Determining fault in a right-turn accident in Virginia requires information specific to the accident. Generally, a motorist turning onto a street with moving traffic must yield the right of way.
If there’s a stop sign, you must come to a full stop and turn right only when the intersection is clear. Right turns are also permitted at a traffic light that is steadily red as long as there’s no sign indicating that they’re not.
If you’re turning right on red, however, you’re required to come to a complete stop before reaching the limit line. You must then look both left and right to be sure no vehicles are in or about to enter the intersection, and no pedestrians or cyclists are crossing the street onto which you’re turning. You may then enter the intersection cautiously, using your turn signal and staying as close as possible to the curb on your right.
Red Light Cameras
At many intersections, these right-turn regulations are automatically enforced by cameras. If you fail to come to a stop before turning right, you’ll probably receive a traffic citation in the mail. If your negligent turn results in an accident, you’re at fault because you’re in violation of the law at the time of the crash. The victim of the accident may file a claim against your insurance company for damages:
- Medical expenses
- Property damage
- Lost income
- Diminished earning capacity
- Pain and suffering
- Psychological trauma
If, on the other hand, you’re the victim of a crash caused by someone else turning right illegally, you may file a claim for your damages with that at-fault driver’s insurance company.
In some right-turn accidents, the fault for the wreck is shared by both parties involved. The driver turning right might negligently fail to yield the right of way and collide with a car coming through the intersection on a green light. If the driver of that car happens to be traveling over the speed limit, however, both drivers then bear partial responsibility for the accident because both are in violation of the law.
In most states in the U.S., accident investigators assign a percentage of fault to each motorist, and the one with the smaller proportion of fault collects compensation from the other, with the award reduced according to the amount of fault assigned to the plaintiff.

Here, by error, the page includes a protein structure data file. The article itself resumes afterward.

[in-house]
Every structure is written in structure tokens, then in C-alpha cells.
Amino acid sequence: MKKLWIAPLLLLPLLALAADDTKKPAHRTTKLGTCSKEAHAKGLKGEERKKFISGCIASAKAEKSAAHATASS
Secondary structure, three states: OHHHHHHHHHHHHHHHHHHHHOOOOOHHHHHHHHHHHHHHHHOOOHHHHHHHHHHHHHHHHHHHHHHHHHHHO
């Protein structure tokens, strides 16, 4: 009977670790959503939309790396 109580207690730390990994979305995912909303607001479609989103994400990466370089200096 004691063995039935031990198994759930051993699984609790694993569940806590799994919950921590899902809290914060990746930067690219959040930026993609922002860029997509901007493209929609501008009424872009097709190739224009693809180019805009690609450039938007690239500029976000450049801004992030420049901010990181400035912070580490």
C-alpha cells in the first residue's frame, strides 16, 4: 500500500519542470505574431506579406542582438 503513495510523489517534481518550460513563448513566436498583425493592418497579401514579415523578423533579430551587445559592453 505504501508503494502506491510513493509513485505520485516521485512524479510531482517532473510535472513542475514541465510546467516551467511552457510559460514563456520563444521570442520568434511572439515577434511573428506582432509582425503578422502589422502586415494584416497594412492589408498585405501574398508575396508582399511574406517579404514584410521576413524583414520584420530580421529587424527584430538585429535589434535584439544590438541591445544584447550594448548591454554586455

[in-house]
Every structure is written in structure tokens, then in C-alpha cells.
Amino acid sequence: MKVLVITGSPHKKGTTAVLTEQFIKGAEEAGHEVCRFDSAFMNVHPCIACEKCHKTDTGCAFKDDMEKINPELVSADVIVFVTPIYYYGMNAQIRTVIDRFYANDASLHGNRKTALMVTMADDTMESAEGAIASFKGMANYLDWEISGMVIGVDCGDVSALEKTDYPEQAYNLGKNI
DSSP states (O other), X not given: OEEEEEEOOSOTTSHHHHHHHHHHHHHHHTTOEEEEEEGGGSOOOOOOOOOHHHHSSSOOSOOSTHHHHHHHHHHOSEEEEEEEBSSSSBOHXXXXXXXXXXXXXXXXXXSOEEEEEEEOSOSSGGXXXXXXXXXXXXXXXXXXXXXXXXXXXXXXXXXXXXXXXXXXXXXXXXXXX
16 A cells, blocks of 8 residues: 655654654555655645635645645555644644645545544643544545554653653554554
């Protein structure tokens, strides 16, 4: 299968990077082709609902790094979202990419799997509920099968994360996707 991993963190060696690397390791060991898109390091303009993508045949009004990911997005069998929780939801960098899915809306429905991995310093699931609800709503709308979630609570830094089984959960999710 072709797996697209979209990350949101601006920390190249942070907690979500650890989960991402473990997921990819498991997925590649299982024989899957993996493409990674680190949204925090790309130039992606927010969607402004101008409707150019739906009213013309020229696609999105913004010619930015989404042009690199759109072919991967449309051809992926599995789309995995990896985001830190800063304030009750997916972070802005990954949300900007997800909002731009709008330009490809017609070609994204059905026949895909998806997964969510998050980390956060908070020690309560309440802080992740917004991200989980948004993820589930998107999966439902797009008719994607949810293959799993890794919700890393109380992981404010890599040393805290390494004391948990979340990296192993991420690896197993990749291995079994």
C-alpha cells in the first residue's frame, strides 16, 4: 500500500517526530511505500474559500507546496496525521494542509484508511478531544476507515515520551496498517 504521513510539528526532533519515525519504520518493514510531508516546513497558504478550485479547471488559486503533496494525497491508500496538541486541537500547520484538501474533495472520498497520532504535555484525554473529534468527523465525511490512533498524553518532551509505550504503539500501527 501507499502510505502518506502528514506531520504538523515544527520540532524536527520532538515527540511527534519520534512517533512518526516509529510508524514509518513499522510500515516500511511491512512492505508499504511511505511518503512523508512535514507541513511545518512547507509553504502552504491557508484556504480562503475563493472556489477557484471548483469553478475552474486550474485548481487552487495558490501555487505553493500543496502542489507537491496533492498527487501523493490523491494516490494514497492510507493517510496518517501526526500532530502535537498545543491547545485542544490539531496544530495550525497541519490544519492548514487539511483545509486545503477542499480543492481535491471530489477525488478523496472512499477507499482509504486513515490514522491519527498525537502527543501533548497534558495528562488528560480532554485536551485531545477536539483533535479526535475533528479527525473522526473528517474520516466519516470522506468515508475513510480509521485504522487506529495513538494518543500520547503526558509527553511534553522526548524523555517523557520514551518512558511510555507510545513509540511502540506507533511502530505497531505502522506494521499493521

Virginia, however, is one of four states that follow a strict contributory negligence rule. This means that a driver who bears even one percent of the fault for a crash in Virginia is barred from collecting any compensation at all from the primarily at-fault driver.
For example, the police report of your accident might indicate that you caused the accident by making an illegal right turn, but if it shows that the other driver was partially responsible due to speeding or another violation, that driver may not collect any damages from you.
If, on the other hand, you’re the victim of a crash caused by a driver turning right illegally, you may collect damages from that driver’s insurer if you bear no fault whatsoever. If you’re found partially responsible for the wreck, though, you may collect nothing from the primarily at-fault driver.
The Need for a Car Accident Attorney
The contributory negligence rule makes proving complete liability for an accident crucial to your insurance claim.
The insurer of the at-fault driver will do its best to show you’re partially responsible for any crash in which you’re involved. It will use your partial fault as leverage to dispute your claim or offer you a quick, low settlement. For this reason, you should never give a statement to an insurance adjuster who contacts you after the wreck. Simply refer the adjuster to your lawyer.
The insurer will have its own attorneys working to prove your partial fault in order to save money for the company’s shareholders, and the average person really doesn’t stand a chance when going up against experienced insurance company attorneys.
It’s vital to have a car accident lawyer in your corner to negotiate on your behalf with the other driver’s insurer. Your lawyer can help you seek fair compensation by:
- Investigating your accident thoroughly to establish liability
- Bringing in an accident reconstructionist
- Obtaining footage from cameras near the scene
- Interviewing witnesses
- Examining the police report
- Determining present and future medical expenses
- Organizing and presenting your medical evidence
- Demanding a fair settlement
- Negotiating for a reasonable award
- Taking your case to trial if necessary
Consulting an experienced car accident attorney is your first step toward justice.
Contact us online or call us at 540-341-0007 to schedule your free consultation. You pay no attorney fees until we win your case.